August 14, 2014
Vancouver Island, a 90-minute ferry ride from the city of Vancouver, is two-thirds the size of the UK but boasts a diverse landscape that ranges from mountains to beaches to rainforest, and locavore restaurants that span everything from food trucks to fine dining.Here’s our pick of the best restaurants on Vancouver Island to inspire your next culinary adventure.
Victoria, British Columbia’s capital city, is situated in the south of the island and is at the forefront of the region’s burgeoning cocktail scene. Once known for its gardens and afternoon teas; now trendy travellers are flocking here to check out cocktail bars like Little Jumbo, Bengal Lounge and Clive’s Classic Lounge.
Stop by the Inner Harbour to pick up some sustainable fish and chips from Red Fish Blue Fish, housed in a converted shipping container, or head to 10 Acres Bistro + Bar + Farm to sample meat and vegetables grown at their very own farm in the nearby Saanich Peninsula, which is 20 minutes north of Victoria.
Slightly further north of Victoria is the other agritourism area of the Cowichan Valley. Hidden amongst the lakeside forest you’ll find some great food spots such as Stone Soup Inn, a gourmet farm restaurant and B&B that uses locally-grown, fished, and foraged ingredients in their tasting menu; making the most of produce sourced by the chef from surrounding markets, farms and forests.
Many of the best restaurants on Vancouver Island can be found on farms and the Bistro at Merridale is a dining experience set in a working cider orchard with views of the apple trees from the patio. The menu utilizes the Cowichan Valley’s local producers from artisan cheese makers to vegetable-growers, and features pairings with the cider, which is distilled on the farm.
South of Victoria, on the tip of the Island, is Sooke Harbour House, an inn and restaurant that has been championing local food since 1979. A pioneer of the locavore movement, the restaurant is still a destination in itself 35 years later.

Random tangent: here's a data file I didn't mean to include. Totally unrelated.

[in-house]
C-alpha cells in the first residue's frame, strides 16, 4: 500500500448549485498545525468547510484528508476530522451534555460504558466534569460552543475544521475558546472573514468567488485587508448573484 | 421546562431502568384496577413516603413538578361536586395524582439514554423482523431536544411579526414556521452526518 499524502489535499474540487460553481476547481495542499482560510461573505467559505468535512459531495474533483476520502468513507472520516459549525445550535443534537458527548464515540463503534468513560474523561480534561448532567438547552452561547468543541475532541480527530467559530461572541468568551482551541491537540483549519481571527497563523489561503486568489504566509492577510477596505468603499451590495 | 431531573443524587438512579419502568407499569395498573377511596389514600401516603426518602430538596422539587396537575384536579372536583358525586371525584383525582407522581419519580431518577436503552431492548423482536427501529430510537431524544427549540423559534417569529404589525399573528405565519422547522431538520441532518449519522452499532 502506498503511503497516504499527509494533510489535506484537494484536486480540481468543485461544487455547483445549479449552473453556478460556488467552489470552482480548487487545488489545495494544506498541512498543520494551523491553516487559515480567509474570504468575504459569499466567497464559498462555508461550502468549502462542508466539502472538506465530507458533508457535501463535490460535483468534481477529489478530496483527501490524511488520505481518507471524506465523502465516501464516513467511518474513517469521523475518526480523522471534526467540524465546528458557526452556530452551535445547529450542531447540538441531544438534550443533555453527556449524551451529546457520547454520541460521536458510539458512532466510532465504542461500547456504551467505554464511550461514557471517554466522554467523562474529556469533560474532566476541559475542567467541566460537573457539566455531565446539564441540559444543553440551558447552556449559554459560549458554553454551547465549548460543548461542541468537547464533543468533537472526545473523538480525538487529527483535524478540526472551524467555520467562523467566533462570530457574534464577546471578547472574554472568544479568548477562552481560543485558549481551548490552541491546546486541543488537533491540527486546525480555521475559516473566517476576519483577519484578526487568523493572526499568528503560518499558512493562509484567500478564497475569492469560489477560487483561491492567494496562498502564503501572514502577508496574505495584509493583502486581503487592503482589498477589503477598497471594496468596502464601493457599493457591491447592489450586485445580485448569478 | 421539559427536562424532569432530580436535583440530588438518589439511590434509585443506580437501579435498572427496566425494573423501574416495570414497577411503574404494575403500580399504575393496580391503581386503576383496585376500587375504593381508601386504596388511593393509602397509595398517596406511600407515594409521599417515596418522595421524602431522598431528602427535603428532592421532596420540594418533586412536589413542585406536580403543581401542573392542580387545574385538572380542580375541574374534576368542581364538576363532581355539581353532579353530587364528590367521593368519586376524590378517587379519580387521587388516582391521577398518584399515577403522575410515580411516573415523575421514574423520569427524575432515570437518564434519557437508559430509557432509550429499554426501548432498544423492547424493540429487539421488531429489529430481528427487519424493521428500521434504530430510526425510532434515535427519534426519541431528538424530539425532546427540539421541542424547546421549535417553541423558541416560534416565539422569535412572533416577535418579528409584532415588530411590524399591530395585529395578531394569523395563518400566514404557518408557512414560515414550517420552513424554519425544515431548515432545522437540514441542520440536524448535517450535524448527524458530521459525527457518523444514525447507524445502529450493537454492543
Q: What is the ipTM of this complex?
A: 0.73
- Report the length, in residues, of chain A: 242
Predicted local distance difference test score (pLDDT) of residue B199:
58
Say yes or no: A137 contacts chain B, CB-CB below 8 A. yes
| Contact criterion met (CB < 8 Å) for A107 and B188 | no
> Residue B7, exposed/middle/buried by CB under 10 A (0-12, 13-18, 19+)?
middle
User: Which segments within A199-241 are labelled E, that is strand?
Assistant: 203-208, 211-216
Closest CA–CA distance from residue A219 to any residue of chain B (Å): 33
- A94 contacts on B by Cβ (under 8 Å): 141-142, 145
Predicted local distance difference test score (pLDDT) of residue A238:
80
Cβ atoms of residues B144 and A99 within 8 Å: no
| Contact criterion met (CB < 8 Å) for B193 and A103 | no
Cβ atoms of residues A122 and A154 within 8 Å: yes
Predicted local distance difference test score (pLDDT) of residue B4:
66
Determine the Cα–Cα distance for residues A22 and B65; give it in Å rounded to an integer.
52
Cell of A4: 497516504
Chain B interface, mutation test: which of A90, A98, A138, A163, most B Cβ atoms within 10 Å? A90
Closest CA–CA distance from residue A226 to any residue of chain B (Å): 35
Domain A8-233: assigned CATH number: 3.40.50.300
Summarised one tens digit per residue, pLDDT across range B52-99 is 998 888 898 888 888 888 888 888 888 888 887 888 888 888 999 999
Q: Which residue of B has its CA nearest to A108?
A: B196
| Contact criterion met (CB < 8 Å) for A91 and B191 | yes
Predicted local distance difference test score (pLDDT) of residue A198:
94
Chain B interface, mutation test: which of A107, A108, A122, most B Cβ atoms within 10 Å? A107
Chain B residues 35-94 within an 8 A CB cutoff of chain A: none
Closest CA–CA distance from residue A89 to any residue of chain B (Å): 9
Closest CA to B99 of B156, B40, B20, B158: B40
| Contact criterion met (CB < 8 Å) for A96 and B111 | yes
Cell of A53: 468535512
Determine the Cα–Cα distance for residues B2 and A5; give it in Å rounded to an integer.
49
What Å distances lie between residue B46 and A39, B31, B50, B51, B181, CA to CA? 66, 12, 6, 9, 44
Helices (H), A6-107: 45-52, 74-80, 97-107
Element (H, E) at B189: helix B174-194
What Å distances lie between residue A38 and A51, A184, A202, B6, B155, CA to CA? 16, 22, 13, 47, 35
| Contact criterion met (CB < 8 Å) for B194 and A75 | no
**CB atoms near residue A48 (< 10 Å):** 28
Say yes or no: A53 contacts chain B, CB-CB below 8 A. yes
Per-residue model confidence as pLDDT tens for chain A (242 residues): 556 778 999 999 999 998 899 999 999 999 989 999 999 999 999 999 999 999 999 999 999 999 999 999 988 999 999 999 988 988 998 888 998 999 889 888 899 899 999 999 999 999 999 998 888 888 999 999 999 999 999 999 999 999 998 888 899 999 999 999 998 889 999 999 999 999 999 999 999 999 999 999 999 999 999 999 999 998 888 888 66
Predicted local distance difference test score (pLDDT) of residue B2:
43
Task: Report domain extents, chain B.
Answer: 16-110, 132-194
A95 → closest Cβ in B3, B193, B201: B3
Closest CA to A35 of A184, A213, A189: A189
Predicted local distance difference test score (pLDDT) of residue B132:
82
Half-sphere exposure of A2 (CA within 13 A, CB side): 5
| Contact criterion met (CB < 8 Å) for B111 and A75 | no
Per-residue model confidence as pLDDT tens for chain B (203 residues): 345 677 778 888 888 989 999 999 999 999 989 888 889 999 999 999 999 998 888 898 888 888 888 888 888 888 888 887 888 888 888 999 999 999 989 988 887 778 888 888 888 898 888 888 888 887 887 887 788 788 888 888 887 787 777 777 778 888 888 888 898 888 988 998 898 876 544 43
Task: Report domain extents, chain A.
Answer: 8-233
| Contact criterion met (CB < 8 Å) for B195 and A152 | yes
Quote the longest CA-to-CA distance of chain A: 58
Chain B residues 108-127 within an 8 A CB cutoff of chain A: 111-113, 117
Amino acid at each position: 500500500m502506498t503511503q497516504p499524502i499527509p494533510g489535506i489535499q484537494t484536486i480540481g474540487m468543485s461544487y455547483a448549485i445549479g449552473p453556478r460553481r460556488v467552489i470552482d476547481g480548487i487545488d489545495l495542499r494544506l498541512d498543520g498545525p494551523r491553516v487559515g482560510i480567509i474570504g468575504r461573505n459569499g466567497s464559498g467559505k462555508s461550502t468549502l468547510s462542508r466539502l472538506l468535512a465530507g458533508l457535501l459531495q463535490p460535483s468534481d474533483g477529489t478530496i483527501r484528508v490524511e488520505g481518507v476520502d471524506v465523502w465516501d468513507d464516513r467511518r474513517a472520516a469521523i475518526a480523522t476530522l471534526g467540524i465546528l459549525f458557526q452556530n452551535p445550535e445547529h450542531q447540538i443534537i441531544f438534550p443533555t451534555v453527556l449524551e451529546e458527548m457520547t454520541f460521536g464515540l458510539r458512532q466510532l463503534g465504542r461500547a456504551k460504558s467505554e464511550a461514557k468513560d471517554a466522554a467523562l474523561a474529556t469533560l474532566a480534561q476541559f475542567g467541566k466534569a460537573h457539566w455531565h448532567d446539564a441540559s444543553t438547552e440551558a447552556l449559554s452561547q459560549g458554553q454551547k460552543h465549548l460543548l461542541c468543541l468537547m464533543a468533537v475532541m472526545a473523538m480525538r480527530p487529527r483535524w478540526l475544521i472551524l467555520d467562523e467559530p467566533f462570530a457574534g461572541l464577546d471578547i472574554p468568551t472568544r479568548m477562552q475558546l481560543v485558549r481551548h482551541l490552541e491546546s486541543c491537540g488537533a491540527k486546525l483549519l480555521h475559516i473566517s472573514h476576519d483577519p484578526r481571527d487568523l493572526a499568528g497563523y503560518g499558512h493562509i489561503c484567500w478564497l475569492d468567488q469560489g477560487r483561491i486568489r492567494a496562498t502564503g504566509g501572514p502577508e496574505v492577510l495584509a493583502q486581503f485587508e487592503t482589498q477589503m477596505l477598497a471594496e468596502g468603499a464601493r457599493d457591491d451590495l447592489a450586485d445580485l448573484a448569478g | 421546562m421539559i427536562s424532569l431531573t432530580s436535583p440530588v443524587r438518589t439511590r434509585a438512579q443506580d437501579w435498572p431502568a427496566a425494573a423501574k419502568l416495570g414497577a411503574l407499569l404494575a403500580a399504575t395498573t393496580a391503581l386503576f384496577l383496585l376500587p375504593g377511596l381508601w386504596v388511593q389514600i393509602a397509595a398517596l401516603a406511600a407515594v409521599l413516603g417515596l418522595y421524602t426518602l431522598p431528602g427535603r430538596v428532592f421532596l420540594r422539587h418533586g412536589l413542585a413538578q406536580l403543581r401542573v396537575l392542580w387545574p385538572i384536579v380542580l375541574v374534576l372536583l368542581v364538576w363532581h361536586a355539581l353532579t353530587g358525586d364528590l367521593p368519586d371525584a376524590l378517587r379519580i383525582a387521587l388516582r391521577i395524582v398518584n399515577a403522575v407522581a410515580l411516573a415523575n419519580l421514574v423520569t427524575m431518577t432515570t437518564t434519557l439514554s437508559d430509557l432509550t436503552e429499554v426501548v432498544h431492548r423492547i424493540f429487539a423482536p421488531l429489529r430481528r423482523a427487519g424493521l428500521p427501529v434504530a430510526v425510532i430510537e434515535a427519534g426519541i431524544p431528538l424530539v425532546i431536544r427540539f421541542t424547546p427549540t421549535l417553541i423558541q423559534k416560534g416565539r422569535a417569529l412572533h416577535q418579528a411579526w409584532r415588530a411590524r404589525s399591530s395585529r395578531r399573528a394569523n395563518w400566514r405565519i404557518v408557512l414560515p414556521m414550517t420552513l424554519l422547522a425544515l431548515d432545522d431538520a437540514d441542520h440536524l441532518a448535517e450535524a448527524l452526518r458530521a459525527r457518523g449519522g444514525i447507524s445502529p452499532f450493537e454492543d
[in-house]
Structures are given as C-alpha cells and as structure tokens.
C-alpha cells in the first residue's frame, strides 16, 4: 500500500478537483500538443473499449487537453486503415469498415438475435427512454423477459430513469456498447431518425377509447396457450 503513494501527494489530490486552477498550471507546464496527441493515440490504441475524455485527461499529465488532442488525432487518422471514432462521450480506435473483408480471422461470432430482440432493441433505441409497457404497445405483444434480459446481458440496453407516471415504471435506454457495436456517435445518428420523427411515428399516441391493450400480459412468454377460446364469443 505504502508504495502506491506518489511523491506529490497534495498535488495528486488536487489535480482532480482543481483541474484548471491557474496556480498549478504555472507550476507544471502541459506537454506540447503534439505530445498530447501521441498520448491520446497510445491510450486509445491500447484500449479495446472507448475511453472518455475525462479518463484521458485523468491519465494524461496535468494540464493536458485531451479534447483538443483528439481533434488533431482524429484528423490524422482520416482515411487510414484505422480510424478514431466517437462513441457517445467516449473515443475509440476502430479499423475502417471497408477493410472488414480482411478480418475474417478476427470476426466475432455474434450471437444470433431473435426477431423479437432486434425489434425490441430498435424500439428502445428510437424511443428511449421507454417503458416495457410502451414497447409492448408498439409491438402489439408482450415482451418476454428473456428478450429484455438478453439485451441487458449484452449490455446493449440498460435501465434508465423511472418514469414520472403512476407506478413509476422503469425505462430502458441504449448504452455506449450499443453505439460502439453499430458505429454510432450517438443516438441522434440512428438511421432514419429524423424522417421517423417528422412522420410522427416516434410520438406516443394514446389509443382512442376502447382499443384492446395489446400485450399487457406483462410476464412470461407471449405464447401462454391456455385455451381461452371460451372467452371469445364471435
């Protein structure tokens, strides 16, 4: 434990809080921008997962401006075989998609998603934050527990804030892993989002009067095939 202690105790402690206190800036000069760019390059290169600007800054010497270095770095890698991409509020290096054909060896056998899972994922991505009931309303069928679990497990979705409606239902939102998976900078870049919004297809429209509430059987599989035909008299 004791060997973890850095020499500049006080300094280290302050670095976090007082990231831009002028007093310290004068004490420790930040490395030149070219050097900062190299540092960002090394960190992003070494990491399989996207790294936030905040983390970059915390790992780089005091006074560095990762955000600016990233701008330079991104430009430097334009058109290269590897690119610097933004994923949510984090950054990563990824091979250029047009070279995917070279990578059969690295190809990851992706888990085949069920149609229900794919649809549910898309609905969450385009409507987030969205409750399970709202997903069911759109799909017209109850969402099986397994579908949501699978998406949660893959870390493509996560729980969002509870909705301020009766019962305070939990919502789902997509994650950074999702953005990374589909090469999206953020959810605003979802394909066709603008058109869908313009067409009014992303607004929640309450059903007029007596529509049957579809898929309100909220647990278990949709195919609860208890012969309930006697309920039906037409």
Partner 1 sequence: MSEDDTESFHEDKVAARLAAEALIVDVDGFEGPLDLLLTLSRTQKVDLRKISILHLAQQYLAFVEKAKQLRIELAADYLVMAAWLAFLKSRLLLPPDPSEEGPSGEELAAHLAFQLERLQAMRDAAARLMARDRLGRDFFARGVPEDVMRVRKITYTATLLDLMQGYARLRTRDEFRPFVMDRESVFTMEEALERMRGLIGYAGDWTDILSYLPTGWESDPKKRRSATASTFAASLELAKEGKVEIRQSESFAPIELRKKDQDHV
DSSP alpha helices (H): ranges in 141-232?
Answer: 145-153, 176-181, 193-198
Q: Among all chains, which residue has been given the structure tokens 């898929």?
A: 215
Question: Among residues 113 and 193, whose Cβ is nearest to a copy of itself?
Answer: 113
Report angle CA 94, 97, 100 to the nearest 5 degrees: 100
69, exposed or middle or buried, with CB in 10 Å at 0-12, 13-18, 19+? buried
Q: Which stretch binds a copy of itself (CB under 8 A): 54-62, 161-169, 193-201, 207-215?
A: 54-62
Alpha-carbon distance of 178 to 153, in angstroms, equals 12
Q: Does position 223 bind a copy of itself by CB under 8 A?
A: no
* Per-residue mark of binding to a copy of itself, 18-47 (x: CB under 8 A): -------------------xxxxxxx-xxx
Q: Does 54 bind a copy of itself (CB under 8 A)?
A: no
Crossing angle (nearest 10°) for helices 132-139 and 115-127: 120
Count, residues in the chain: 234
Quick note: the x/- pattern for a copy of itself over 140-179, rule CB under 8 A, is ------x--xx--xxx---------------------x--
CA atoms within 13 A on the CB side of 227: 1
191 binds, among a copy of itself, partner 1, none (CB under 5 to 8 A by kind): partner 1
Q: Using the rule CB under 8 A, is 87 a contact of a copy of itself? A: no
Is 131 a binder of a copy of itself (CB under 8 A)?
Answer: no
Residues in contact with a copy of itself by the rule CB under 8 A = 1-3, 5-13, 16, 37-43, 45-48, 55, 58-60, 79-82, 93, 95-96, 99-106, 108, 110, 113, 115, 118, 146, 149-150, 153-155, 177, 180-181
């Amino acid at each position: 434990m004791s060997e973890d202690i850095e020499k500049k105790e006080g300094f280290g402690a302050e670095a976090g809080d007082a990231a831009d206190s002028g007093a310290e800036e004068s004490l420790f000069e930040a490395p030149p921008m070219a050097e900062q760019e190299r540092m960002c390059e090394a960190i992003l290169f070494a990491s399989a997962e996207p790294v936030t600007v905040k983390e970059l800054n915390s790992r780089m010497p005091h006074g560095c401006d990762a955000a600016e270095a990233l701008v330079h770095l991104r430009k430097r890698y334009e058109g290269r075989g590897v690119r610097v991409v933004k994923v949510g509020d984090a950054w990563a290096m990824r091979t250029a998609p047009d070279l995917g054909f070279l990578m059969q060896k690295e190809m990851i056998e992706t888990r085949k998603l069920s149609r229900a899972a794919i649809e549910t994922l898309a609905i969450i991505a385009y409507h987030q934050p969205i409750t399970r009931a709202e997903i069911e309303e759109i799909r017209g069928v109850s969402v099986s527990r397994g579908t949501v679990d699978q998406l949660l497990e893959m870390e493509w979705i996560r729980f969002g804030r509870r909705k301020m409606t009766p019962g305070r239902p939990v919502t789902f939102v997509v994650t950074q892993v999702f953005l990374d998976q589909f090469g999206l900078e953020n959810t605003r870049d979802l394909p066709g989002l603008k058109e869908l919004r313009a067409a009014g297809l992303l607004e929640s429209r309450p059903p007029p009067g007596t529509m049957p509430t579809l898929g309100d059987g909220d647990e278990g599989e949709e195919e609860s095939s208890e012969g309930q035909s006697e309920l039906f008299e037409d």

Mid-Island you’ll find Comox Valley, another region rich in agriculture. Restaurants such as Locals showcase wonderful game dishes, including rabbit, bison and duck, and delicious fresh-from-the-water seafood. If you’re arriving from Vancouver on the Nanaimo ferry, leave extra time to experience some local food at the Bistro at Westwood Lake – the waterside patio is a secret spot loved by locals and visitors alike.
From Nanaimo head west across the Island, passing ancient cedar trees and the whimsical grocery store Goats on the Roof (where you will indeed find some four-legged friends wandering around above the food store). A mountain pass and a two-hour drive will bring you out amongst the rainforest of Tofino, on the western edge of the Island.
Here, the edge-of-the-world town has a fast-growing food scene that showcases the abundance of fresh seafood – from Dungeness crab to Humbolt Squid and Bamfield seaweed. You’ll find everything from famed fish taco truck Tacofino, popular with surfers who come to hit the waves all year-round, and the rustic Wildside Grill, to fine dining establishments such as award-winning The Pointe Restaurant at The Wickaninnish Inn.
Chef-run restaurants such as Shelter, Spotted Bear and Sobo have brought attention to Tofino over the years and the recently opened Wolf in the Fog has put the tiny town on the culinary map. Headed up by Chef Nick Nutting, previously at The Pointe, the new restaurant focuses on sharing plates that present the best seafood the Island has to offer. Behind the bar you’ll find foraged cocktails that include local ingredients such as cedar bark and salmonberries.
Header image: Wolf in the Fog Spanish Picnic © Chris Pouget
What are your favourite restaurants on Vancouver Island? Have you visited any of the restaurants mentioned here? Let us know in the comments section below.
Written by Amy Watkins